Reading the poem, the first time through it appears to be abusive. The imagery of “My Papas Waltz” can clearly be understood as a father waltzing with his son in the kitchen, tapping the beat too his son’s head, and his ear scraping his buckle against his child’s ear. The poem is playful when the poem says, “At every step you missed/ My right ear scraped a buckle” (Roethke lines 11-12). The lines can be interpreted as a dad whipping a kid with a belt, but that is not what the author intended
While the subject of “My Papa’s Waltz” by Theodore Roethke has spurred passionate academic debate from professors, scholars, and students alike, the imagery, background, and diction of the poem clearly support the interpretation that Roethke writes “My Papa’s Waltz” to reminisce upon a nostalgic memory from childhood of dancing or “waltzing” with his father. Many individuals believe that the poem is about an abusive relationship between the author and his father. Although this may seem true through certain aspects, the author intended for this poem to be a reflection upon a happy memory with his father. According to the author, Roethke meant for this poem to be a dedication to his father, who has passed away while the author was at a young age. Thus, Roethke achieves his purpose
Further, Roethke uses word diction to set the overall tone for this poem. The word “waltz” which is used frequently throughout the text means “to dance in triple time performed by a couple who as a pair turn rhythmically around and around as they progress around the dance floor.” If Roethke was undergoing abuse, the author would choose unfavorable words to describe encounters with his father. Instead, Roethke uses heartening words to get his message across; which is that he will cherish the memorable times he shared with his father. Another word easily misinterpreted is “romped” used in line five, which gives readers a negative connotation; but in truth means “ to play roughly and energetically” This proves that the author and his father were
Theodore Roethke’s poem, “My Papa’s Waltz,” unfolds the seemingly frequent event of a young boy receiving a beating from his drunken father. The speaker of the poem is a young man, possibly in his early teenage years. This conclusion is based upon line 2, “Could make a small boy dizzy.” This line gives an indication that the main character of the poem has been involved in this type of tussle since he was a small child. There could also be a very strong connection between the author of the poem and the speaker. It is easy to sense that the author is portraying a very emotional experience he had as a young man.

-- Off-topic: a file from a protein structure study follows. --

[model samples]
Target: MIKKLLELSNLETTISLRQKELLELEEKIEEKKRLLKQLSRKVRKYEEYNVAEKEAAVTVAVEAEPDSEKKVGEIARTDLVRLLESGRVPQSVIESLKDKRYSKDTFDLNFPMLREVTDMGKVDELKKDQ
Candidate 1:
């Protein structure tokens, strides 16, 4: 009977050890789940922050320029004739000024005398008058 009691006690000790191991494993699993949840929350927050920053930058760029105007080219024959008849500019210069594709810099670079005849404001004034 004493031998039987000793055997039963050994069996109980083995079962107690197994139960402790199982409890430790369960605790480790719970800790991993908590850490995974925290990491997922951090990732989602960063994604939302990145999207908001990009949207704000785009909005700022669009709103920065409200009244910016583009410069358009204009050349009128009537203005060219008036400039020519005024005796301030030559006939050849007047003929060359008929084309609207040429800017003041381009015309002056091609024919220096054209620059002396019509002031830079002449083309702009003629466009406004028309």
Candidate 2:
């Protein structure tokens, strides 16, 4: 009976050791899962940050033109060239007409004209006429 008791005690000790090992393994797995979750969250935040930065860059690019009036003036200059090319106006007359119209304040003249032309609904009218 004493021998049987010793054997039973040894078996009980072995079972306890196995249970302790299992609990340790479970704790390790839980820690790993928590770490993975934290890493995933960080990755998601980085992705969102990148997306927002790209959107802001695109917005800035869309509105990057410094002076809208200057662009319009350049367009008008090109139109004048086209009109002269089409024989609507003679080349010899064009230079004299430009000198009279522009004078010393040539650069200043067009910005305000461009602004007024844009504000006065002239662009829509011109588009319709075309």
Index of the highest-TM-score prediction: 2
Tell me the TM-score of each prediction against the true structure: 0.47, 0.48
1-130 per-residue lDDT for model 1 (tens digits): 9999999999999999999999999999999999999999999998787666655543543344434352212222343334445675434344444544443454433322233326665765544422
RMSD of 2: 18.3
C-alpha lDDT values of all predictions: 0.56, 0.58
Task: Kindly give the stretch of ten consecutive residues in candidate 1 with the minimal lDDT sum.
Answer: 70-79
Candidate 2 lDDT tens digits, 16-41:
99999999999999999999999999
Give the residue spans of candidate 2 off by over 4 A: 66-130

This displays the fear that the author had for his father. When reflecting over the poem, John J. Mckenna stated, “The author replaced the rather benign ‘kept’ with ‘beat’ thus making the situation more ominous, more negative” Roethke’s father worked manual labor and had a strong physique. This means that he might’ve been too rough with his son at times, but not intentionally to hurt him. That is one of the reasons Roethke feared his father slightly. Another change Roethke made to the poem was the gender of the child.
For this I chose to analyze the poem “My Papa’s Waltz” by Theodore Roethke. One can assume that the speaker is a young boy, or perhaps the poet reminiscing his youth. Upon first glance, the tone is humorous, and a picture is presented of a boy waltzing with his father. This scene is comical with the boy clinging on for dear life as his chuckling father spins him around. The father dances around in a haphazard manner, knocking over pans in the kitchen while the mother looks on unhappily.
Adversity can take us by surprise, but everyone at some point in life experiences it. The way our personal identity can be shaped is through our phases of adversity.The experiences of dealing with difficulties can shape the way we view life and the actions that will show our persona. When we persevere adversity and obstacles it shows our reputation and our true type of identity.In the play Hamlet, William Shakespeare, illustrates the way Hamlet, as well as other characters, deal with adversity through the types of motives they are seeking. we see prince Hamlet feeling far from cheerful due to his father 's death and his unstable family. He shows his hardships and loss of identity throughout the story, but we see it in-depth during his mourning phase when he can 't seem to deal with anyone.He goes to the people that he feels close to, the ones he can trust, and his perspective on life and maturity grow throughout the story.
Robert Hayden a poet who uses the tragic world around him to write his version of the truth. The work that Hayden has published contains several different meanings, but in almost every poem there is a small reference to the conflict of humanity. He does not want to believe that human decency is dead, he wishes to see the good in the world, but it is difficult when history contradicts his beliefs. He writes the truth and tells the world what he thinks without ever stating it directly. Robert Hayden, a man of many words, struggles with the conflict between the evil and the tiny shred of human decency that society still contains throughout his works or poetry.
In the poem, “My Papa’s Waltz” by Theodore Roethke, you see a child wanting a father’s love and care. The story opens up by talking about his father being a drunk. Although it does not directly say it, we can tell by the way the boy talks about his father, and his father’s actions. “The whiskey on your breath” (1) is the first line of the poem, which indicates someone talking about alcohol on someone’s breath. As the poem goes on you can start to pick up that it is getting told by a son.